In the wake of the rise in numbers of people who are homeless there has been an increase in the numbers of people begging on the streets; in response there has been pressure in some circles to fine people for begging. To drive such unwelcome impoverished people further out public view.
Imagine though what you would think if one of your own children or a sibling made the voluntary decision to become a beggar.
The much admired St Francis of Assisi appalled his father when he did exactly that in 1207
Voluntary beggardom reached almost epidemic proportions over the next few decades, as the Franciscan and Dominican movements caught fire across Europe.
That was part of the deal for all those who joined movements we often see now as charming and admirable, if a bit eccentric.
At the time parents and families were horrified, by such appalling, counter-cultural behaviour.
Entering a monastery was seen as a perfectly acceptable career move. It provided warmth and food, an opportunity to become a scholar and pursue, in its purest form, the religious life.
It was what we might now call an aspirational decision.
To become a friar- a Franciscan or Dominican, was regarded for many decades as down-right scandalous.
So when Thomas Aquinas, aged 19, in 1244 decided to join the recently formed order of Dominicans, his family were so horrified that they kidnapped him and locked him up for a year.
Yesterday was the day the church remembered this particular drop out saint.
For those brought up within the Roman Catholic fold or who have studied philosophy at any level Aquinas is a familiar name, but otherwise he has become a bit of a blank.
So here are some good reasons that this medieval man who died over 700 years ago should still be celebrated.
The first reason is Reason itself.
We often think of Aquinas’ time as a benighted era- hence the dismissive term’ The Dark Ages,’ often applied to it- but it is becoming more and more apparent that it was actually the time when many of the building blocks that founded the modern world were first laid.
Thinking hard about the world and trying to understand how it works and has coherence, were all things that Aquinas endeavoured to do.
He was the first major Christian thinker to draw on the philosophy of Aristotle rather than Plato, which meant that he drew attention to the material world in which we live and the uncertain way in which we probe it via our senses and hazily get a grip on it through our experiences; and he constantly looked for causes- being certain that although everything ultimately had its origin in God, all the causes along the way were worthy of study.
He was convinced that anything that was observable as true in the world owed that truth to God, its ultimate source.
Truth really was for Aquinas sacred!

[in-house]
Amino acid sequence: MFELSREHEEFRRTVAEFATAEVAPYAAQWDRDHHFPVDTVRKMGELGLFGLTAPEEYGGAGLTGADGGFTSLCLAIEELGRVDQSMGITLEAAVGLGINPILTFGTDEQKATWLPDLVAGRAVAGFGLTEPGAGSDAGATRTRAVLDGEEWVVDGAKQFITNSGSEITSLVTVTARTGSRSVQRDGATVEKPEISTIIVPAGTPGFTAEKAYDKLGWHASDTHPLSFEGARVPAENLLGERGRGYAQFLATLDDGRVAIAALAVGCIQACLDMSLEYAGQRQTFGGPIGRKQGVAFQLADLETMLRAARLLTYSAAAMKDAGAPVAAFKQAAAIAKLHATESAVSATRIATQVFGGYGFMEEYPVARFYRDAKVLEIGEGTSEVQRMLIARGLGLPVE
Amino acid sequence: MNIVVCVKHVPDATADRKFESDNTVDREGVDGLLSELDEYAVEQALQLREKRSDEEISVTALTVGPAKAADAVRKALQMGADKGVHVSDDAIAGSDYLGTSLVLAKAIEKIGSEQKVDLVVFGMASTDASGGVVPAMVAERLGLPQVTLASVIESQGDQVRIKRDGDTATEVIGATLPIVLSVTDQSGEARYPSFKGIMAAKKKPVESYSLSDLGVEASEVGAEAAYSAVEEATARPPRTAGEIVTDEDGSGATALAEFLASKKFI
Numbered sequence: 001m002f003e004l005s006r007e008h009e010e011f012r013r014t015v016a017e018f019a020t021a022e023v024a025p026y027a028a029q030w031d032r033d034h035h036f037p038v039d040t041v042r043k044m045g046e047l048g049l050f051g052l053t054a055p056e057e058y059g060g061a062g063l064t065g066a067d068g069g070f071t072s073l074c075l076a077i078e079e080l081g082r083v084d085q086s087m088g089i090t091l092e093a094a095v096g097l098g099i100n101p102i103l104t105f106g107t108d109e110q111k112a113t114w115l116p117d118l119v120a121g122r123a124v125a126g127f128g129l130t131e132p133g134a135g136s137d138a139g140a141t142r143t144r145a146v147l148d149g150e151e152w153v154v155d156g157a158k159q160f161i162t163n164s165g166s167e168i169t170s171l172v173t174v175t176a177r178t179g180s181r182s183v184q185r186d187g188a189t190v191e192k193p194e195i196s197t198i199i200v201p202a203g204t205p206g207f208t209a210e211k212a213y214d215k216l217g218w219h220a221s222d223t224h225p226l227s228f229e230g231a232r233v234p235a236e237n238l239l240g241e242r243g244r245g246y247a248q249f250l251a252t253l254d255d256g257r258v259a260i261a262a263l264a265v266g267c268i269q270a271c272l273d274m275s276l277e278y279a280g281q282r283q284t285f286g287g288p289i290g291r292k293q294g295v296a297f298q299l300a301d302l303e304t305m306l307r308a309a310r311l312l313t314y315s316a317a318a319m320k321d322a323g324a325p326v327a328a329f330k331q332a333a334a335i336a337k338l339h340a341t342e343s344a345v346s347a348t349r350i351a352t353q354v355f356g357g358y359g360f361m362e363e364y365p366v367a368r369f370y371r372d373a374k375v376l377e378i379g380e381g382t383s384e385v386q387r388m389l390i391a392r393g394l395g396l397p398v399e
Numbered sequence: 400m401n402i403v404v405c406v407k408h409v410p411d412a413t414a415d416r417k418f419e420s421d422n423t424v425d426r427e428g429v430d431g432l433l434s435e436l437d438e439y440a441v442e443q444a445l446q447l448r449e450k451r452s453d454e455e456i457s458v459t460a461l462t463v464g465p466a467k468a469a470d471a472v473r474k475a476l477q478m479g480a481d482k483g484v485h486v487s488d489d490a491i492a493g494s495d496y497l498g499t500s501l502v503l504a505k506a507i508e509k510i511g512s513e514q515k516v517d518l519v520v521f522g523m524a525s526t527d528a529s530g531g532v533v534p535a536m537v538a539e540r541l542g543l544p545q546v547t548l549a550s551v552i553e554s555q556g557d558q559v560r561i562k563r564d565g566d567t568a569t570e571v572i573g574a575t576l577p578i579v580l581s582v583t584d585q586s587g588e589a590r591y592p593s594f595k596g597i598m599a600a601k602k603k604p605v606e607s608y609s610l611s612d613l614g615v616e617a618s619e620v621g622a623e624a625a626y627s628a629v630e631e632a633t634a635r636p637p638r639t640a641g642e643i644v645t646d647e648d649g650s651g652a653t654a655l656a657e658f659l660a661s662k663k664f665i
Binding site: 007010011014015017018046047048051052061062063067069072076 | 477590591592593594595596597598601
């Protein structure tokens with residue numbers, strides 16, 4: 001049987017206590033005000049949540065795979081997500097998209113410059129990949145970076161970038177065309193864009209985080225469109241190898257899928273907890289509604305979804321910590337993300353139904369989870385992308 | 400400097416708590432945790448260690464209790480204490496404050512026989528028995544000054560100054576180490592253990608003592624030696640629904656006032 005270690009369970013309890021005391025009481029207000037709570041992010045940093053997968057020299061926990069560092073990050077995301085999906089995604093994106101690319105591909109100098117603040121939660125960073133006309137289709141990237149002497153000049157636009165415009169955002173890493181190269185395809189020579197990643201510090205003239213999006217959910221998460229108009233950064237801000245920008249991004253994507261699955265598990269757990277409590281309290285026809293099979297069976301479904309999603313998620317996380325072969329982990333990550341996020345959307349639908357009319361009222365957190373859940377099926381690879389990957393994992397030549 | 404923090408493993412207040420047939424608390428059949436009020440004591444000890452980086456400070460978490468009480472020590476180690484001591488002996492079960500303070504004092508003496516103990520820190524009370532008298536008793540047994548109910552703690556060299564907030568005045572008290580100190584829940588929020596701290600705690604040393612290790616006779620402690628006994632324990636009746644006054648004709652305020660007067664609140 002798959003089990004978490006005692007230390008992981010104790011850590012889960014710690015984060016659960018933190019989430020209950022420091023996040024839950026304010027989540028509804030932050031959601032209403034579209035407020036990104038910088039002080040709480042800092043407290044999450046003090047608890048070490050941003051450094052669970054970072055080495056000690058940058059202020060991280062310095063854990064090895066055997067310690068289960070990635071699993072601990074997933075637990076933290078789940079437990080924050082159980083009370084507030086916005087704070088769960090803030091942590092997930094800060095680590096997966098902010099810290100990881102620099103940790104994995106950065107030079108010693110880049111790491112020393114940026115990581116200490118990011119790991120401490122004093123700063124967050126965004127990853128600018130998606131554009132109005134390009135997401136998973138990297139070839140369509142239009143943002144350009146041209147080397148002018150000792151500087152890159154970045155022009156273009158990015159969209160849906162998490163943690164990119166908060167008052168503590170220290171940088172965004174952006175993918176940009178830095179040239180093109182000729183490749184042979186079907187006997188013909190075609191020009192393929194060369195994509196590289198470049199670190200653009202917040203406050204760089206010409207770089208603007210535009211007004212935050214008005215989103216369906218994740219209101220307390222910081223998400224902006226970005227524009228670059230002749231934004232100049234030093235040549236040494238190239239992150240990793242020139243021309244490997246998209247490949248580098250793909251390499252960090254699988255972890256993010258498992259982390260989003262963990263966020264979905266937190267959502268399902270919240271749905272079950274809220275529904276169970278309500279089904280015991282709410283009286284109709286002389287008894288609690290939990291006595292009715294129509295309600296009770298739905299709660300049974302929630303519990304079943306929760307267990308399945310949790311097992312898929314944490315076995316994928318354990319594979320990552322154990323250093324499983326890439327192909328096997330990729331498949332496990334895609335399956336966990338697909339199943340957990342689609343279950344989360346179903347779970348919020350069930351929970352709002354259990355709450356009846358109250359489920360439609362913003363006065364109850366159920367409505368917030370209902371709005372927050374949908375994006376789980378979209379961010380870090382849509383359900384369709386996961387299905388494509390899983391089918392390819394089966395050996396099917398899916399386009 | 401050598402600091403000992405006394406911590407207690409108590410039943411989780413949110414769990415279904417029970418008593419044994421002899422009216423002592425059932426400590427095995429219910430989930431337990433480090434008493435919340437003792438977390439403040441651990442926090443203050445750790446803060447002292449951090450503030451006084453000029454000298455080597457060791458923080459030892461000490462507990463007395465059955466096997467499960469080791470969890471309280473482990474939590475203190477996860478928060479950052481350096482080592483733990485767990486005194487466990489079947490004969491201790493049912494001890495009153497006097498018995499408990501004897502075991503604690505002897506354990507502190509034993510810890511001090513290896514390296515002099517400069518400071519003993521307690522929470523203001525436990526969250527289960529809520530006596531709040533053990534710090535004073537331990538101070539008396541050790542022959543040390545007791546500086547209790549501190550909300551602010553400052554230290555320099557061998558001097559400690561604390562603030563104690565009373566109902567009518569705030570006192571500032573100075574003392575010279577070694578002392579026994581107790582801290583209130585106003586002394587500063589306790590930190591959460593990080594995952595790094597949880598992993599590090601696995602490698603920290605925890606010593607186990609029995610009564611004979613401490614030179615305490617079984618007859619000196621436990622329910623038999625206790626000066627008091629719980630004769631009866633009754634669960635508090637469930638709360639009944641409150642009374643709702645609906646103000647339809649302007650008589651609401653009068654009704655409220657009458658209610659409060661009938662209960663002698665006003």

But my next good reason for attending to Aquinas is that he was clear about the limits of reason to.
We like to believe that we personally apply logic and the scrutiny of evidence and fairness when we go about our business; particularly when we make moral or political judgements.
The give-away should be that we frequently suspect that people who disagree with us have not thought things through properly or have suspect motivation.
The social psychologist Jonathan Haidt has done an enormous amount of work to show how out intuitions and other unconscious factors actually take the lead- my favourite anecdote of his being that if you interview college students about their political opinions and moral concerns they veer in a conservative direction if standing near a water cooler.
There seems to be some subliminal effect caused by water’s association with purity and cleanliness.
I wonder if I should try a similar experiment next to the font!
Having studied cultures around the world and interviewed thousands of people he has concluded that factors such as purity, attitudes to family, notions of freedom and tradition, and religious outlook have far more influence on all of us than what we consider as rational decision making.
Which is not to say that thinking and sifting evidence is not a good; just that it is not as automatic to us and straightforward as we would like to think.
Aquinas would have agreed completely.
My final good thing to celebrate about Aquinas is that he was not essentially a philosopher, he was a saint and a theologian, whose main concern was how to be a faithful Christian.
No one joins a religious order, especially one like the Dominicans, dedicated to begging, poverty and preaching- to align oneself with the fundamentals of Christ’s life- unless deeply committed to following in His footsteps.
And one of his great convictions, which connects with what I have just said about how the irrational plays such a large part in our lives was that love was at the bottom of everything.
Absolutely immersed in the Scriptures such praise of God, as heard from the psalmist just now, would have filled his consciousness.
Your steadfast love, O Lord, extends to the heavens,
Your faithfulness to the clouds.
Your righteousness is like the mighty mountains,
Your judgements are like the great deep…
How precious is your steadfast love, O God!
All people may take refuge in the shadow of their wings.
Bringing that exalted image down to earth; here a number of things he wrote, which are worth chewing over and give a flavour of his character.
The things that we love tell us what we are.
There is nothing to be prized more than true friendship.
Fear is such a powerful emotion for humans that when we allow it to take us over it drives compassion out.
We must love them both, those whose opinions we share and those whose opinions we reject, for both have laboured in the search for truth, and both have helped us find it.
The soul is like an uninhabited world that comes to life only when God lays his head against us.